Wednesday, June 20, 2018
Publication Date: 07/1/2010
Archive >  July 2010 Issue >  Tech-Op-Ed > 

A Bad Time for the Ecology
Jacob Fattal, Publisher

After months of reporting about the re-emergent economy and the way trade shows have all been on the upswing, our world has been invaded by an economic/ecological disaster of gargantuan proportions. The Gulf Coast Oil Spill, is having ripple effects all across the economies of North America, and the end does not appear to be in sight. The degree of upset to our ecology is enormous by itself and may take decades to overcome — as will the economic impact, which may be felt for many years.

We have been driven to this juncture by our unquenchable thirst for more and more energy — even in the face of rising oil prices and increased pressures to find more ecologically friendly solutions. The fact is that as long as there is oil under our feet, there will be a market for it, and we seem to keep finding more and more untapped deposits; unfortunately, most of the new discoveries are under miles of ocean.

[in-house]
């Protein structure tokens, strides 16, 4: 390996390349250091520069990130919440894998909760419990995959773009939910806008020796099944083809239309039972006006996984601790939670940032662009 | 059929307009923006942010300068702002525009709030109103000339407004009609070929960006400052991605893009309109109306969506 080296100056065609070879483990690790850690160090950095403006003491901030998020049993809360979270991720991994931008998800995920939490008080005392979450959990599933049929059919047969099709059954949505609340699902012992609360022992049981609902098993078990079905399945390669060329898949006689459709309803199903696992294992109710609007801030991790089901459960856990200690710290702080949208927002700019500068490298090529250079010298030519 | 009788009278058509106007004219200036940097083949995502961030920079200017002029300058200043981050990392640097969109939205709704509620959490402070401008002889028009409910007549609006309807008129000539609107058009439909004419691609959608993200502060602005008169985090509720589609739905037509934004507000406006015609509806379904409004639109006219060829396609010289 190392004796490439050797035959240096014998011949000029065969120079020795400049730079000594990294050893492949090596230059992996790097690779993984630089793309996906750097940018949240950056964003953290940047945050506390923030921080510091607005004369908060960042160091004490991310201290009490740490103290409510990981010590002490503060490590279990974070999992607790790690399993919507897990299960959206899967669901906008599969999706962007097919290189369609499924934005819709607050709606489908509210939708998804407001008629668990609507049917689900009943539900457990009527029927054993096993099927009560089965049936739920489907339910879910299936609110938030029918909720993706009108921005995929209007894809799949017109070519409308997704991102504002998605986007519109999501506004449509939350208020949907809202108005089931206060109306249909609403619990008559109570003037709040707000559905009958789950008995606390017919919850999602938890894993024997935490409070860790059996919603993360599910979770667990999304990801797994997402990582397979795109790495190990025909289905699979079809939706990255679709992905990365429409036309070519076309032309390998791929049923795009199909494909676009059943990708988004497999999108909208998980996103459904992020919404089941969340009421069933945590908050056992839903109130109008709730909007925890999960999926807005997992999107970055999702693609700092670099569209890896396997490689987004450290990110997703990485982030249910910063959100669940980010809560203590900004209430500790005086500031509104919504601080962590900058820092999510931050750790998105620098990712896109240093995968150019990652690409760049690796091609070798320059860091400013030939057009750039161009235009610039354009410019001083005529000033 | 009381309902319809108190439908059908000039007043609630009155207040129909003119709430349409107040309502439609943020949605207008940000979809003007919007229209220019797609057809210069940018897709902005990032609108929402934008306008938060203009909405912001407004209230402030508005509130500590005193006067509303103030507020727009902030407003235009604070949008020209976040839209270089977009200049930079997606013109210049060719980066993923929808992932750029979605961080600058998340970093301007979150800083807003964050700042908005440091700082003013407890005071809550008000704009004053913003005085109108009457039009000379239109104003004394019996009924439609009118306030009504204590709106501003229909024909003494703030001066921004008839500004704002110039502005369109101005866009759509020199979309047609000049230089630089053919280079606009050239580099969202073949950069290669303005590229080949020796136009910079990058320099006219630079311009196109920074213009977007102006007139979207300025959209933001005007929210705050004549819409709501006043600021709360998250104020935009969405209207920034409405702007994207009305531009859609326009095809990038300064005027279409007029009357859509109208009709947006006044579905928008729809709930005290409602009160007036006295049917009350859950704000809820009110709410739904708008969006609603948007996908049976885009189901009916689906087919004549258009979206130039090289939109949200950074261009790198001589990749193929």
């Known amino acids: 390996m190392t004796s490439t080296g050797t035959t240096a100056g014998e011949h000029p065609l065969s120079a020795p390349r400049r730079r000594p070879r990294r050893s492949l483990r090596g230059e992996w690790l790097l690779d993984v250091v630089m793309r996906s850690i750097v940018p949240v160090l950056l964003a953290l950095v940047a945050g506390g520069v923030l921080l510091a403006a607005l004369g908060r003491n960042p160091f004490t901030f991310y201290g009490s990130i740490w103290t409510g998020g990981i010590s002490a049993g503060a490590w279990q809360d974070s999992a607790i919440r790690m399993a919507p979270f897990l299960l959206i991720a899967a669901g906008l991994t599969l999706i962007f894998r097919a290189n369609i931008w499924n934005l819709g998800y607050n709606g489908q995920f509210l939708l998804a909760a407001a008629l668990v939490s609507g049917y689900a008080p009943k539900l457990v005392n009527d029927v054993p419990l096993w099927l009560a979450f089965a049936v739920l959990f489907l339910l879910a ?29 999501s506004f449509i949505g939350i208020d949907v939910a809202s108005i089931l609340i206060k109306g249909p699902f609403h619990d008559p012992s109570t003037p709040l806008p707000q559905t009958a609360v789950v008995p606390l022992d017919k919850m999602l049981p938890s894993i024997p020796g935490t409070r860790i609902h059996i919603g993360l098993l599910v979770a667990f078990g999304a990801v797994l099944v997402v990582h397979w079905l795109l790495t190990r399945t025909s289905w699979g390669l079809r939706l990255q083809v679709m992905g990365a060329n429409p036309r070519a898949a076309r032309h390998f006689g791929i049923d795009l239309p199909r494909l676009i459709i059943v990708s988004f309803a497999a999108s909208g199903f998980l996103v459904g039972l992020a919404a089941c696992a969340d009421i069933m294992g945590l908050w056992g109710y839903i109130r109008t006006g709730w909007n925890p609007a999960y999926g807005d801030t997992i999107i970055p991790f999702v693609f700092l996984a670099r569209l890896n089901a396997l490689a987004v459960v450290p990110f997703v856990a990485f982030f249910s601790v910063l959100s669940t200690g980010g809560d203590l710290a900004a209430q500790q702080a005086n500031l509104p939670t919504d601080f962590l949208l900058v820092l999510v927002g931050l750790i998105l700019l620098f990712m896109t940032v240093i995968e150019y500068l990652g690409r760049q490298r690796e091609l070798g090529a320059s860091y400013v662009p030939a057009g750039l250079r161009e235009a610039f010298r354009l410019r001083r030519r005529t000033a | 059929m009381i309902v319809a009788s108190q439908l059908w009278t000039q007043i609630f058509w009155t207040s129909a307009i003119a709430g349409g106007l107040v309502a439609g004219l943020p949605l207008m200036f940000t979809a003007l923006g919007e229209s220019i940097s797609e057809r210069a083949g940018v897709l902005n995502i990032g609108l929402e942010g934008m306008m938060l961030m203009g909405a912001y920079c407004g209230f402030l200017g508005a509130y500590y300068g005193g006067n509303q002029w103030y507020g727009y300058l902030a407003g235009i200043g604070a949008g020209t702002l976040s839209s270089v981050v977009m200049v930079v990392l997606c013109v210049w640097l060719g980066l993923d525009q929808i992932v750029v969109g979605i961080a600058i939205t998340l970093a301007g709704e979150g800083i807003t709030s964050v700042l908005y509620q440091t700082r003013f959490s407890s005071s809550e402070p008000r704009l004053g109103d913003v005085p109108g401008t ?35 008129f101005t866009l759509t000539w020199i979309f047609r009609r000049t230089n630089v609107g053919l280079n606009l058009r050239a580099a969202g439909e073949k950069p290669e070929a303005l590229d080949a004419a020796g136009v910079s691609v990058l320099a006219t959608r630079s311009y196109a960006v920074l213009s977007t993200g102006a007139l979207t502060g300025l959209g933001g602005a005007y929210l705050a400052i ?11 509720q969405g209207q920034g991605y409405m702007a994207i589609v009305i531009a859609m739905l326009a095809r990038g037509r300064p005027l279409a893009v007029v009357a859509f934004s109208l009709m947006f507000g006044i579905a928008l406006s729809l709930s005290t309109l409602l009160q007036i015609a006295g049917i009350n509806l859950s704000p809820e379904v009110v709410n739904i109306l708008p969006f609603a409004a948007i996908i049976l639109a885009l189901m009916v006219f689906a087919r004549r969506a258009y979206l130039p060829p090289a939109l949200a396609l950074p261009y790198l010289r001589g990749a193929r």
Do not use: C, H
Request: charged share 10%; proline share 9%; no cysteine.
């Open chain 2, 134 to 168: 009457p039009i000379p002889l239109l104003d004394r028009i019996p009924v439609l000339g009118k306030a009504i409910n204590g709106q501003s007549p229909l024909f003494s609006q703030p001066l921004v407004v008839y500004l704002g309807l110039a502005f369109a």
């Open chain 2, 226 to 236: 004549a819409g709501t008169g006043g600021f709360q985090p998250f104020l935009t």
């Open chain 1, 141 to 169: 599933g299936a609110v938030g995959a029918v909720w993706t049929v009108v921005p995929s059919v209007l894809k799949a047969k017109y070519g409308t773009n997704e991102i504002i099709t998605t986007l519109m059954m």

The ripple effects are felt far and wide. The most obvious one is a new increase in prices at the gas pumps; not a whole lot, but enough to be felt. There have been complaints of Louisiana shrimp selling for $70 (Canadian) per dozen in Toronto. More obvious is the ecological disaster of oil washing up on the shores of Louisiana (still struggling back from Katrina), Mississippi, Alabama and Florida. And Texas may be next. These states have ecologically fragile coastlines, and seafood industries that rely on clean, unpolluted water. That delicate balance has ended, and frantic measures are being taken to mitigate the disaster.

In the meantime, we are witnessing a strong resurgence of the electronics industry, in the face of, and in spite of the BP oil disaster. People everywhere still want and need their electronics, even if the cost of the energy to run them may be going up in the short term.  

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